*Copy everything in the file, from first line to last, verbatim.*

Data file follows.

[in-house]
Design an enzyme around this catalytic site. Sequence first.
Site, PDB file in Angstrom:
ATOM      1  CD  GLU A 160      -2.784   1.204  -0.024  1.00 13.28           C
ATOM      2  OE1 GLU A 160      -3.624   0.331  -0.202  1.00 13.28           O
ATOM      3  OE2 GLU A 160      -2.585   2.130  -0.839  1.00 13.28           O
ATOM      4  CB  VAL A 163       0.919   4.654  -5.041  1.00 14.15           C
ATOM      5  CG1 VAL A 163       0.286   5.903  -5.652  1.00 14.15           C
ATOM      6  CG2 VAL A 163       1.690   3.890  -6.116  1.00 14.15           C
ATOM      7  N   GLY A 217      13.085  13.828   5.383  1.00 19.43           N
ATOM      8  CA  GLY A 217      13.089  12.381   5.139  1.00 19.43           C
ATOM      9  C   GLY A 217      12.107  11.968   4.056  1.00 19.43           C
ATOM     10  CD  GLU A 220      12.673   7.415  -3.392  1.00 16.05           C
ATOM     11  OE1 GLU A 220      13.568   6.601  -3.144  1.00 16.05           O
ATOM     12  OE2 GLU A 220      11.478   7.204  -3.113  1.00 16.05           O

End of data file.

[in-house]
Design an enzyme around this catalytic site. Sequence first.
Site, PDB file in Angstrom:
ATOM      1  CD  GLU A 160      -2.784   1.204  -0.024  1.00 13.28           C
ATOM      2  OE1 GLU A 160      -3.624   0.331  -0.202  1.00 13.28           O
ATOM      3  OE2 GLU A 160      -2.585   2.130  -0.839  1.00 13.28           O
ATOM      4  CB  VAL A 163       0.919   4.654  -5.041  1.00 14.15           C
ATOM      5  CG1 VAL A 163       0.286   5.903  -5.652  1.00 14.15           C
ATOM      6  CG2 VAL A 163       1.690   3.890  -6.116  1.00 14.15           C
ATOM      7  N   GLY A 217      13.085  13.828   5.383  1.00 19.43           N
ATOM      8  CA  GLY A 217      13.089  12.381   5.139  1.00 19.43           C
ATOM      9  C   GLY A 217      12.107  11.968   4.056  1.00 19.43           C
ATOM     10  CD  GLU A 220      12.673   7.415  -3.392  1.00 16.05           C
ATOM     11  OE1 GLU A 220      13.568   6.601  -3.144  1.00 16.05           O
ATOM     12  OE2 GLU A 220      11.478   7.204  -3.113  1.00 16.05           O